Midwives distribution, urban status and provision of midwifery services to the rural dwellers in Sierra Leone

Margaret Titty Mannah-Macarthy, United Nations Population Fund (UNFPA)
Austin Olufemi Adeyemo, University of Liverpool
Mohammed A. M. Elhassein, United Nations Population Fund (UNFPA)
Hossinatu Mary Kanu, Ministry of Health and Sanitation, Sierra Leone

Introduction: Year after year, Sierra Leone’s Maternal Mortality Rate ranks highest globally, with 1,165 deaths per 100,000 live births. Improvement involves provision of care, enabled by skilled midwives, nationally. Objective: This study examines the distribution of midwives in Sierra Leone and its effects on provision of midwifery service in rural settings of Sierra Leone Methods: Conducted May-June 2014 nationally, the mixed methods study used survey design (questionnaire) and as well as purposive administration to all 298 midwives surveyed. Results: In Freetown City, there is 1 midwife for every 9,200 populations (in nearest hundred), with 1 midwife for every 53,000 pregnant women in rural areas. Midwives in Freetown were primarily married (72.3%) and younger (30-40s at 60.9%) than their older, divorced rural-based counterparts. Conclusions: Midwives with less marital responsibility are more likely to stay in rural settings. Young and unmarried midwives posted to rural settings should be provided with an enabling environment to support retention.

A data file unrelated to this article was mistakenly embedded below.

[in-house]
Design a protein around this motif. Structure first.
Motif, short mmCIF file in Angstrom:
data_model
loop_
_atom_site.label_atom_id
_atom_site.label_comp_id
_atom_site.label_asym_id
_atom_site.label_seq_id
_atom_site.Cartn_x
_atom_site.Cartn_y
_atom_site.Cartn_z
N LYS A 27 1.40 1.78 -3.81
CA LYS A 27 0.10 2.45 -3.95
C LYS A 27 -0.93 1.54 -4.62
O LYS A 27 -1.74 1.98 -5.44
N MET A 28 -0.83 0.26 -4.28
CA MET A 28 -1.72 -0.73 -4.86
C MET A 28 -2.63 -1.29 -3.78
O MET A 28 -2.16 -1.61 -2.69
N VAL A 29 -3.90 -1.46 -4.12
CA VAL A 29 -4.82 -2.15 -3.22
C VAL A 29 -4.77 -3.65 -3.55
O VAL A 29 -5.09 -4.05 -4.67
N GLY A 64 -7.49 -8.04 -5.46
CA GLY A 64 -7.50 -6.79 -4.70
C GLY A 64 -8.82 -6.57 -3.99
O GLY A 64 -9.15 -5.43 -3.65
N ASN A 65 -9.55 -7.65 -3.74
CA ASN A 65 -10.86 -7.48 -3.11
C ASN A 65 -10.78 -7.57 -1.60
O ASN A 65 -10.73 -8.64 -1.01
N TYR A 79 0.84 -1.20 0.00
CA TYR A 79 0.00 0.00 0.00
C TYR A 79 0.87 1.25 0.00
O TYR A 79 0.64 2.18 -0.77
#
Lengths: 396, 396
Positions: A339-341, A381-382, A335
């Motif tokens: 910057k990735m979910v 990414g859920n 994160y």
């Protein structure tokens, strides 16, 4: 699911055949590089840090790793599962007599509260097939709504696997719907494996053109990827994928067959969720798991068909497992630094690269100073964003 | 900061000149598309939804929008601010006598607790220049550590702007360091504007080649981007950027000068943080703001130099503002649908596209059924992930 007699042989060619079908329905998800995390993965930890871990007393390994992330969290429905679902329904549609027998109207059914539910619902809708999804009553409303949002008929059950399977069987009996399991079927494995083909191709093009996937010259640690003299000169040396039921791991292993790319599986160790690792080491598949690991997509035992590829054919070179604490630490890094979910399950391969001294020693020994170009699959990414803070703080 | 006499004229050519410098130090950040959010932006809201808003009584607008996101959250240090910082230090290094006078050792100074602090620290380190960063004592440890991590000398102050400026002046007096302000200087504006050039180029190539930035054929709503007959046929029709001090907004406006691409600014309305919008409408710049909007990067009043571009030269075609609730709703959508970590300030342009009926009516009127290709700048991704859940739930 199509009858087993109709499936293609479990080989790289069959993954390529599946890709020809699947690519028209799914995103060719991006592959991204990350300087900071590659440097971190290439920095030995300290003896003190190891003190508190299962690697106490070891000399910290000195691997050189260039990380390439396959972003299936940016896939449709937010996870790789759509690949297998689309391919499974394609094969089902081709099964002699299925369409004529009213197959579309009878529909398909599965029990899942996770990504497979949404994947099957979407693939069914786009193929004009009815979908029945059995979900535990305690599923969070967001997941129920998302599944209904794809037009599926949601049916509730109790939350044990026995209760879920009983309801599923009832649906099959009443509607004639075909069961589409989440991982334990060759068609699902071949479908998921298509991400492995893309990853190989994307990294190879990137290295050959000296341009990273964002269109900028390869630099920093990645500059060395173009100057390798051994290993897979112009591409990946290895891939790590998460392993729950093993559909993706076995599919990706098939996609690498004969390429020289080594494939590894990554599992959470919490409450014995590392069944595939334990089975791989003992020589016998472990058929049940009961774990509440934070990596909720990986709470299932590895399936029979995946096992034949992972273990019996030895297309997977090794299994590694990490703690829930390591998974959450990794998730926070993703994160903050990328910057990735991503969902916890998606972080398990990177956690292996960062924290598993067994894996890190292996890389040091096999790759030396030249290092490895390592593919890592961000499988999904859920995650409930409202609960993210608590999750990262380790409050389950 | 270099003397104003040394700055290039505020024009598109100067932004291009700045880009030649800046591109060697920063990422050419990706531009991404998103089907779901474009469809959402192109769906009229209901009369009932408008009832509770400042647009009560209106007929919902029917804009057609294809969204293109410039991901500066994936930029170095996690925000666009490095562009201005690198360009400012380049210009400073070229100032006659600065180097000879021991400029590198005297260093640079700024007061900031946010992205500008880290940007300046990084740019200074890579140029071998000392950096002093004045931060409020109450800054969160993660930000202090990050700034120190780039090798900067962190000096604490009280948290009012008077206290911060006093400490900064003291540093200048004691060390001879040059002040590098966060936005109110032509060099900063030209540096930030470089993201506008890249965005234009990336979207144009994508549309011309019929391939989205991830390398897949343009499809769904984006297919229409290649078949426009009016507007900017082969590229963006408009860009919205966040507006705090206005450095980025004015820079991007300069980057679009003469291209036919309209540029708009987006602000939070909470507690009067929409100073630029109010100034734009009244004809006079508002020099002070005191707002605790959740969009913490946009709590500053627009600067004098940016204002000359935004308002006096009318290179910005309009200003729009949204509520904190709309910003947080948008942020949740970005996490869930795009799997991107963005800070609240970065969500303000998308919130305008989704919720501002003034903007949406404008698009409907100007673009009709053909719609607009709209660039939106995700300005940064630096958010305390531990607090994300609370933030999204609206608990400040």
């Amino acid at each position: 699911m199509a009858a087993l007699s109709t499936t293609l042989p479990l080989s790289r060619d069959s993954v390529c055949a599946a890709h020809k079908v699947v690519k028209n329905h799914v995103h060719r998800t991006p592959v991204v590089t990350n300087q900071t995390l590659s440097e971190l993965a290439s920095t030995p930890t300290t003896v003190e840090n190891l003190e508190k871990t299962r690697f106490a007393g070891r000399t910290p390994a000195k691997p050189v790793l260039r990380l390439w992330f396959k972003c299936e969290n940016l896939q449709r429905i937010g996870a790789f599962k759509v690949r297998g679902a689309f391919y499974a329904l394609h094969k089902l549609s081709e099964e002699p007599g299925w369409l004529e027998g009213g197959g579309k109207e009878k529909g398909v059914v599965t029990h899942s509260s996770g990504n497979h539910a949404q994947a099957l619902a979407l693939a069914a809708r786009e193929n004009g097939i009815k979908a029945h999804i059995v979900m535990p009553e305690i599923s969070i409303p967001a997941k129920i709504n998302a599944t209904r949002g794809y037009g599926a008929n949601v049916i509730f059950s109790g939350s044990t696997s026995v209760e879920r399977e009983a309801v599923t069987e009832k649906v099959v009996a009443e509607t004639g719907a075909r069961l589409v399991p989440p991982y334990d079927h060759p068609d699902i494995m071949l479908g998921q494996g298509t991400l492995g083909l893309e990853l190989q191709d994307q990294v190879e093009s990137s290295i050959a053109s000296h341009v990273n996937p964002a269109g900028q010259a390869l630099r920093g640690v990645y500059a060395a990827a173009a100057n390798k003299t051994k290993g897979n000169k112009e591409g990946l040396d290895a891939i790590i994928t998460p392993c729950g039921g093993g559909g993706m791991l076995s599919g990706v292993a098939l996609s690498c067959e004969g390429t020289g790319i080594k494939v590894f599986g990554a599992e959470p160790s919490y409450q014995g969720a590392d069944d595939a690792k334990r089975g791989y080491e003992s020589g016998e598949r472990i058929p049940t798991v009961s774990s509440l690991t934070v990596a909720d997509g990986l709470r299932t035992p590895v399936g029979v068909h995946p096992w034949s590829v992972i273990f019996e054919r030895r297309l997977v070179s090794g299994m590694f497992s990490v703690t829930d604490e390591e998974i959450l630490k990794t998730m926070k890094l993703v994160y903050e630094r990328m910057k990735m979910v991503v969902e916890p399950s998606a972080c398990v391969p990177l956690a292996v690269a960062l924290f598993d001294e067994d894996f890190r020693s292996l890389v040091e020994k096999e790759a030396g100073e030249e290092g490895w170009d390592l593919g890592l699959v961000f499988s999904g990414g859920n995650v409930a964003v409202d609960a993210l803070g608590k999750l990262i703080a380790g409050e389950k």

See paper

Presented in Poster Session 3